You Are Special (Rooted Parent)
You Are Special (Rooted Parent)
I have three boys ranging from ten to three. I live in slight fear that my children will turn out like the classic millennial stereotype: entitled with four degrees living at home. I try to not helicopter parent, but instead I try to do all the things that I’m told will keep my kids from moving back in at age 30—including refraining from the everyone-gets-a-trophy-because-everyone-is-special style of parenting.
But the other night, when I read You are Special by Max Lucado, I was reminded that our children do need to be told they are special. After we finished the story, my 6-year-old son (who is often harder to reach) looked at me with these softened eyes and said so simply yet with great insight ,“That is a great story.” And it is—it is a storyline that we crave.
You Are Special is a Gospel story put in the context of the fictional Wemmicks, wooden people created by the woodworker Eli. One Wemmick, Punchinello, begins to believe that he isn’t a good Wemmick—he can’t sing, he can’t dance, he isn’t smart, and he quite simply makes a mess of life. But his life is changed when he begins to spend time with Eli, his Creator. “Remember,” Eli said as the Wemmick walked out the door, ‘you are special because I made you. And I don’t make mistakes.’ Punchinello didn’t stop, but in his heart he thought, ‘I think he really means it.’”
My son recognized the good news in this story without my even mentioning Jesus. He could see that the one who “could do little” was special simply because the Maker had made him and loved him.
Similarly, my skepticism was suspended during another bedtime story with the same son. In Nancy Tillman’s On the Night You Were Born, she describes nature’s reaction to a baby being born. So many times I had read this story, thinking it was a bit corny. Sure, it is sweet, but polar bears dancing because you were born? It seemed to be a bit much.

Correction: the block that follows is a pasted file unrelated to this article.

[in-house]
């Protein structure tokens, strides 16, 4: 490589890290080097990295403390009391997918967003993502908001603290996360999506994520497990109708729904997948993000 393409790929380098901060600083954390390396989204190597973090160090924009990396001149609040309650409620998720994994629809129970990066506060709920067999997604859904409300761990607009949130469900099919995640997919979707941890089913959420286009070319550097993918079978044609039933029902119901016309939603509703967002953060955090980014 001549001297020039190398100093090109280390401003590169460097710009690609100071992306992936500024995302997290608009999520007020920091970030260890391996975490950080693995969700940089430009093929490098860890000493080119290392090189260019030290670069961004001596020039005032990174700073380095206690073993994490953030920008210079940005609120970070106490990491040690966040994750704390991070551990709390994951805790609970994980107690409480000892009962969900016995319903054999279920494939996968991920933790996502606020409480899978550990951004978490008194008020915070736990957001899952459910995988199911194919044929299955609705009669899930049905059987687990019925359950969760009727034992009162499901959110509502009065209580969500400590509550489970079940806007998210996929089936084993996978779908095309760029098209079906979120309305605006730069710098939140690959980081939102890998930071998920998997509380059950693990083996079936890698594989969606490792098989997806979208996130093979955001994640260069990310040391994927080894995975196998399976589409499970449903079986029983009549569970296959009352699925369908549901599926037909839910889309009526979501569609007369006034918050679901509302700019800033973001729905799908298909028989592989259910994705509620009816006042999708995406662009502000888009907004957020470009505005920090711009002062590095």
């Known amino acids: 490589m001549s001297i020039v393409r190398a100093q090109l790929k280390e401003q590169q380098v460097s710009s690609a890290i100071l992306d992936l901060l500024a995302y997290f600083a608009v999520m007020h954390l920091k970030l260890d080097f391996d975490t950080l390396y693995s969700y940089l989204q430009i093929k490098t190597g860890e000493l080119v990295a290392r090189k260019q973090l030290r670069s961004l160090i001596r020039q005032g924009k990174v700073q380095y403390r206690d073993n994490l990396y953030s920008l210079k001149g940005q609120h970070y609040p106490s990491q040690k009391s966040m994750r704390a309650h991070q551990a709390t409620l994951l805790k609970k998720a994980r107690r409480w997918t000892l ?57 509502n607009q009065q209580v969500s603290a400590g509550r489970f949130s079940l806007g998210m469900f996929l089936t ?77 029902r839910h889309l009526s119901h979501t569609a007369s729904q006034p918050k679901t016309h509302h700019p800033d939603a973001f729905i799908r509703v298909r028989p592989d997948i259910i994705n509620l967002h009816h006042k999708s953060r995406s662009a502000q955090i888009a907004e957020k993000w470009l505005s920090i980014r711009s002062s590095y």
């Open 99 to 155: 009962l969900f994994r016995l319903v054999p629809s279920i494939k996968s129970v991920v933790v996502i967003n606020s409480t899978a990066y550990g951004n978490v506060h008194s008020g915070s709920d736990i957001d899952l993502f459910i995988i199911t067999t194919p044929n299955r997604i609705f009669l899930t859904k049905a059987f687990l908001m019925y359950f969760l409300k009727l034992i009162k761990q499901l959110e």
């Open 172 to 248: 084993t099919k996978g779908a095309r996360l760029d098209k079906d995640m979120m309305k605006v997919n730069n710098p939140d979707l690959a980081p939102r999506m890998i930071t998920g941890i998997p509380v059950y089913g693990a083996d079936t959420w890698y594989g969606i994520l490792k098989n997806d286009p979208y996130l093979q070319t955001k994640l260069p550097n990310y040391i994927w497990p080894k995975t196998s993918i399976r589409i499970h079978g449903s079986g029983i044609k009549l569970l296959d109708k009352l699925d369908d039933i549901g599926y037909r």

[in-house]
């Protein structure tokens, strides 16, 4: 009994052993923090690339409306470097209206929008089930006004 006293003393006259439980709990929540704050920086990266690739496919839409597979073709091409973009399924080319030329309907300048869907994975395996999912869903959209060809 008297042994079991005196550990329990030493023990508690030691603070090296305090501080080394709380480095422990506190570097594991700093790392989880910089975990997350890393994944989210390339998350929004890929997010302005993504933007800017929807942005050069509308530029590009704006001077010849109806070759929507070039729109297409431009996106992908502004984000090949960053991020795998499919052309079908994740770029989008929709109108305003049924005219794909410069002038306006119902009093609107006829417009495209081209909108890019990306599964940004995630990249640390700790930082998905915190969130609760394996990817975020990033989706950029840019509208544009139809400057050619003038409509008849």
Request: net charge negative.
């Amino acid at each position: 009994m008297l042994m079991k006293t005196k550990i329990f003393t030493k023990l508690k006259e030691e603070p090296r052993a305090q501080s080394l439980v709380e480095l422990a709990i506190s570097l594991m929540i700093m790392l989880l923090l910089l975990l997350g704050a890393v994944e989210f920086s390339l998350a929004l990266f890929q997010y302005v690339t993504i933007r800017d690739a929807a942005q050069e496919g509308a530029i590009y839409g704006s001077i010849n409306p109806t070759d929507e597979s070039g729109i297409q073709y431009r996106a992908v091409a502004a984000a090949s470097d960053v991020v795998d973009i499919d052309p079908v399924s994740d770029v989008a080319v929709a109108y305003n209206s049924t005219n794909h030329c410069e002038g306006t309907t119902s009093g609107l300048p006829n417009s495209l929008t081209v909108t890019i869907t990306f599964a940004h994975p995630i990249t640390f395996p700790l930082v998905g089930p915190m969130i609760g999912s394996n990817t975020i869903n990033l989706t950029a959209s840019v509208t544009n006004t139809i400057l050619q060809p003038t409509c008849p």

But my heart was touched that night even at the first page: On the night you were born, the moon smiled with such wonder that the stars peeked in to see you and the night wind whispered, “Life will never be the same.”
I looked at my earnest six-year-old son, and how could I not tell him that it was true—that “heaven blew every trumpet and played every horn on the wonderful, marvelous night you were born.” It wasn’t a corny book anymore. It was truth.
It awakened something in my son. He needed that reminder that he is special.
How often do we see Psalm 139 placed in nurseries or on birth announcements proclaiming the Father’s sovereignty and love in creating our children? “For you formed my inward parts; you knitted me together in my mother’s womb. I praise you for I am fearfully and wonderfully made. Wonderful are your works my soul knows it very well.” (Psalm 139:13-14) Yet we forget to keep writing this scripture on their hearts as they grow.
Our children are not just special as the world calls one “special.” They are special because of Who made them and Who loves them. If I tell my children that they are special because one can play piano quite well or because one dribbles the basketball easily, then that is law upon them. It will feel good to be told that, but what if he misses the piano note or loses the game? His identity in being “special” is in peril. Our children aren’t dumb. They’ll know this brand of “special” is conditional.
When we tell them, though, that they are special because God loves them, we are teaching them that their identity is based on who they are in God’s eyes. “See what kind of love the Father has given to us, that we should be called children of God; and so we are.” (1 John 3:1). It seems so obvious, but I think that’s the problem—I forget to tell my children, again and again, that they are special simply because they are His. And similarly, I forget to remind myself of this fact. My six-year-old needs it, your sixteen- year-old needs it, we all need it.
My children’s knowledge of how loved they are despite themselves–past, present, and future– is fundamental to their walk with Jesus. I pray that this knowledge of who and Whose they are can and will change everything. So that as they grow, and friends change, or they choose a college or a place to live (that is not my house)—as all these things try to pull upon and dictate their identities—that they would never forget just how special they are because they have a God whose love for them knows no limits.
So whenever you doubt just how special you are and you wonder who loves you, how much and how far, listen for geese honking high in the sky. (They’re singing a song to remember you by.) Or notice the bears asleep at the zoo. (It’s because they’ve been dancing all night for you!) Or drift off to sleep to the sound of the wind. (Listen closely…it’s whispering your name again!) from On the Night You Were Born